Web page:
Labor market data dominated the narrative last week, sending bonds yields higher while producing mixed results for equities. The action got started on Tuesday, when the JOLTS report showed an unexpected 690k increase in open jobs, registering 9.6 million in the month of August. Bond yields rose immediately, the odds of another 25bp Fed rate hike prior to year-end jumped by nearly 10%, and stocks came under heavy selling pressure.
Markets promptly reversed course the very next day, when the ADP employment change for September (89k net payrolls added) came in well below expectations. Odds of another 2023 rate hike fell from slightly above 50% to below 40% on the news, and stocks enjoyed a moderate relief rally.
On Thursday, initial jobless claims held steady at just over 200k per week, extending their recent strength as employers hang onto recently hired workers even as revenue growth slows. Markets were fairly calm as all eyes looked ahead to Friday’s monthly jobs report from the BLS.
Finally, Friday’s nonfarm payroll print of +336k for the month of September surprised to the upside, initially sending rate hike odds and Treasury yields higher, and stocks lower. Under the covers, however, the report was a bit softer than the headline suggested, with average hourly earnings rising at a slower-than-expected +0.2% m/m, while unemployment (U3) held steady at 3.8%. As market participants digested the details, the initial knee-jerk negative reaction faded, leaving 2023 rate hike odds at slightly less than 50% to finish the week. Bond yields finished higher across the curve, especially in the belly and long end, suggesting that the current abundance of new Treasury supply may be a bigger factor than any labor market / inflation read-thru.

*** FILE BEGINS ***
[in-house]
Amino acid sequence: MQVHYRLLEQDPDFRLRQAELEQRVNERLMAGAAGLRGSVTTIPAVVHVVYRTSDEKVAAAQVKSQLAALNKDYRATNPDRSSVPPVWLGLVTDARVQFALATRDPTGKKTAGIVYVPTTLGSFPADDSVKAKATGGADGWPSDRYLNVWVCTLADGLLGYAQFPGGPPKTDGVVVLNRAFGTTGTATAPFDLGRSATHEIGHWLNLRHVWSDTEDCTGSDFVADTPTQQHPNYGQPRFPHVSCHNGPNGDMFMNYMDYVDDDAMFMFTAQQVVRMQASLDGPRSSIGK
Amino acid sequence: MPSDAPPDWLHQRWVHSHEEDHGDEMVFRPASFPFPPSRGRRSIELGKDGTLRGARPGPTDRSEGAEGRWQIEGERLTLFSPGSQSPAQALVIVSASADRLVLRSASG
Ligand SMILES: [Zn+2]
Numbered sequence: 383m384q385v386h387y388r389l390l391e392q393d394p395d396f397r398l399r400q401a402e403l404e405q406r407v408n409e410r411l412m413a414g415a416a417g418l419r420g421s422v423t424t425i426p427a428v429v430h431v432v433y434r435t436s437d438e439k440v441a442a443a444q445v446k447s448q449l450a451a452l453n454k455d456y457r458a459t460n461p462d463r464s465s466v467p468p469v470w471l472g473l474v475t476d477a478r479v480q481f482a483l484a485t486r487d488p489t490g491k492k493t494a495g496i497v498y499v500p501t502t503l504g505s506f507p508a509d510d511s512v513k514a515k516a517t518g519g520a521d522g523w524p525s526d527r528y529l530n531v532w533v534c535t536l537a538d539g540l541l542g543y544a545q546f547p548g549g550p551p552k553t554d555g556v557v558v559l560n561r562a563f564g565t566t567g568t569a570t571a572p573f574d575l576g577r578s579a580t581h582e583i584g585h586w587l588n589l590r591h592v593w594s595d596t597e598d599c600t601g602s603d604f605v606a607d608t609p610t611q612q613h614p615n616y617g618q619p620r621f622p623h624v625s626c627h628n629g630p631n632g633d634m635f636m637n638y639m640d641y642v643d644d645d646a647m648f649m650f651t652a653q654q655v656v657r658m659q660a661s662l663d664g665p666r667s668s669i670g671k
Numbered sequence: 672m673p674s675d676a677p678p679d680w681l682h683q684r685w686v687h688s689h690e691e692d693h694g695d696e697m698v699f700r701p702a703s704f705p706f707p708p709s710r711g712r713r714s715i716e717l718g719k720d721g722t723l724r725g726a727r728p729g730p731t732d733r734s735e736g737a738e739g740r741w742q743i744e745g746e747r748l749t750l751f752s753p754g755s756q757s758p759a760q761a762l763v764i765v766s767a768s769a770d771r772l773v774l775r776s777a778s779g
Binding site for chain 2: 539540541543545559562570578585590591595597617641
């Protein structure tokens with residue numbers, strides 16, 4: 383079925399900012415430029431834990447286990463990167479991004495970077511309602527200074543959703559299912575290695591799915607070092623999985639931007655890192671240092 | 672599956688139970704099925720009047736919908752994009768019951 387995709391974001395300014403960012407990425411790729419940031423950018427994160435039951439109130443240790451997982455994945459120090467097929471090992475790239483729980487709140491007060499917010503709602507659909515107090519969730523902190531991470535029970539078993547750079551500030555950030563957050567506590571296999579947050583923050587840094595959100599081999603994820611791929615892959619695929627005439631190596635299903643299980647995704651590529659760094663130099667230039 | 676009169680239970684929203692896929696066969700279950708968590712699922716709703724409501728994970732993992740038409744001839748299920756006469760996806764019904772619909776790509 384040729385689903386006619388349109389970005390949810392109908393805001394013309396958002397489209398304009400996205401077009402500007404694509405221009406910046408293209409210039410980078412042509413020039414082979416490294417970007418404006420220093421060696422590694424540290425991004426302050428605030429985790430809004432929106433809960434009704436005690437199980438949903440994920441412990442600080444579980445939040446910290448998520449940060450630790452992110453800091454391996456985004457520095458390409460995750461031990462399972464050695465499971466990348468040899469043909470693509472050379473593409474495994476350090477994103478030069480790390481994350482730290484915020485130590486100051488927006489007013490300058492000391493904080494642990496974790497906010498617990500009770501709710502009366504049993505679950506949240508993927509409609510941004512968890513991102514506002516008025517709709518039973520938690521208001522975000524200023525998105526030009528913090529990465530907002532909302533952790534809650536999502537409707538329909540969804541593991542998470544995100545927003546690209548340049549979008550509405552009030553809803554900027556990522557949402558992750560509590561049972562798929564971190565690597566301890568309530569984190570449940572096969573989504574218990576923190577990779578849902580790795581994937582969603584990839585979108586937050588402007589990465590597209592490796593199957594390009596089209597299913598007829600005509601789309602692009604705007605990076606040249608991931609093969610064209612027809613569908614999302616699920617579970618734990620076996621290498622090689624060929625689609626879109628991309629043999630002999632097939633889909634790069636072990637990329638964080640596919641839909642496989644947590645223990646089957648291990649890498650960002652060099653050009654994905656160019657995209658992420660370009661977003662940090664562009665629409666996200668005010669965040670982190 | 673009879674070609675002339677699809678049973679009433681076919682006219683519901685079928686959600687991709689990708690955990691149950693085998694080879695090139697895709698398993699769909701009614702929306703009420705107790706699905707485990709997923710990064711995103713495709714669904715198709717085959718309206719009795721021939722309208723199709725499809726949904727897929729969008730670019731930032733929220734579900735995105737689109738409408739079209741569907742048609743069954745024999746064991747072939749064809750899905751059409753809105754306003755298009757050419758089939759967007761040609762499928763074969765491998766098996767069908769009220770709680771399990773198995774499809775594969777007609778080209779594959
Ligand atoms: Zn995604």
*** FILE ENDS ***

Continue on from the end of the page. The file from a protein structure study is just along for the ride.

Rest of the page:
Albion’s “Four Pillars”:
Economy & Earnings
The US economy has shown resilience so far in 2023, and Wall Street analysts expect full-year corporate earnings to be roughly flat y/y. Albion’s base case expectation is that the US economy will enter recession in late 2023 / early 2024, putting downside pressure on earnings.
The S&P 500’s forward P/E of 18x is above the long run average, so valuation could be a headwind to future returns. More predictive metrics like CAPE, Tobin’s Q, and the Buffett Indicator (Eq Mkt Cap / GDP) suggest that compound annual returns over the next decade are likely to be in the mid single digits.
Rates rose dramatically in 2022 due to a sharp pivot in monetary policy, and have remained elevated in 2023 as the Fed remains committed to fighting inflation. Futures markets now imply a roughly 50/50 chance of one additional 25bp rate hike before year-end, followed by a pause.
After reaching 40yr highs in spring of 2022, inflation has moderated somewhat over the past 18 months. Goods inflation has fallen due to softening demand and excess inventory, while services inflation remains elevated, in part due to shelter costs which are somewhat lagged